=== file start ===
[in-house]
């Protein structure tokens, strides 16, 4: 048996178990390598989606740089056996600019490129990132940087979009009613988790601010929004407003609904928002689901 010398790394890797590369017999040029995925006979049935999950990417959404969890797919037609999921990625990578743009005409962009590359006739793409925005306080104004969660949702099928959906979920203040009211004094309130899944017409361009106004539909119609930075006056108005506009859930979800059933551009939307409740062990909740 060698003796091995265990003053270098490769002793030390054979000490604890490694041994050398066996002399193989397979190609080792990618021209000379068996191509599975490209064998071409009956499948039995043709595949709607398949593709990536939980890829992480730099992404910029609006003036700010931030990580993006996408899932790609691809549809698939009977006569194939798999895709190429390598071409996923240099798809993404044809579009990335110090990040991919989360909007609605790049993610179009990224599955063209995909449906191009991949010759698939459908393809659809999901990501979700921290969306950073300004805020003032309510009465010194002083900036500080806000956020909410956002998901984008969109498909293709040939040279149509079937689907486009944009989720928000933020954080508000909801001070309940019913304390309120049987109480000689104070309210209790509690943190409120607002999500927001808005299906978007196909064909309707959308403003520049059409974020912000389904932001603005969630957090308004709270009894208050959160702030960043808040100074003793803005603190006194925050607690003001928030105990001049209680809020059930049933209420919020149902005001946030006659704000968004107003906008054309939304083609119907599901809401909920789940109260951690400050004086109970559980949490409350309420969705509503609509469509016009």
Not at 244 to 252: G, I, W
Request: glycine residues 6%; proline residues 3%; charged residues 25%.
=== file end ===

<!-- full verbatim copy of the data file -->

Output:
[in-house]
């Protein structure tokens, strides 16, 4: 048996178990390598989606740089056996600019490129990132940087979009009613988790601010929004407003609904928002689901 010398790394890797590369017999040029995925006979049935999950990417959404969890797919037609999921990625990578743009005409962009590359006739793409925005306080104004969660949702099928959906979920203040009211004094309130899944017409361009106004539909119609930075006056108005506009859930979800059933551009939307409740062990909740 060698003796091995265990003053270098490769002793030390054979000490604890490694041994050398066996002399193989397979190609080792990618021209000379068996191509599975490209064998071409009956499948039995043709595949709607398949593709990536939980890829992480730099992404910029609006003036700010931030990580993006996408899932790609691809549809698939009977006569194939798999895709190429390598071409996923240099798809993404044809579009990335110090990040991919989360909007609605790049993610179009990224599955063209995909449906191009991949010759698939459908393809659809999901990501979700921290969306950073300004805020003032309510009465010194002083900036500080806000956020909410956002998901984008969109498909293709040939040279149509079937689907486009944009989720928000933020954080508000909801001070309940019913304390309120049987109480000689104070309210209790509690943190409120607002999500927001808005299906978007196909064909309707959308403003520049059409974020912000389904932001603005969630957090308004709270009894208050959160702030960043808040100074003793803005603190006194925050607690003001928030105990001049209680809020059930049933209420919020149902005001946030006659704000968004107003906008054309939304083609119907599901809401909920789940109260951690400050004086109970559980949490409350309420969705509503609509469509016009």
Not at 244 to 252: G, I, W
Request: glycine residues 6%; proline residues 3%; charged residues 25%.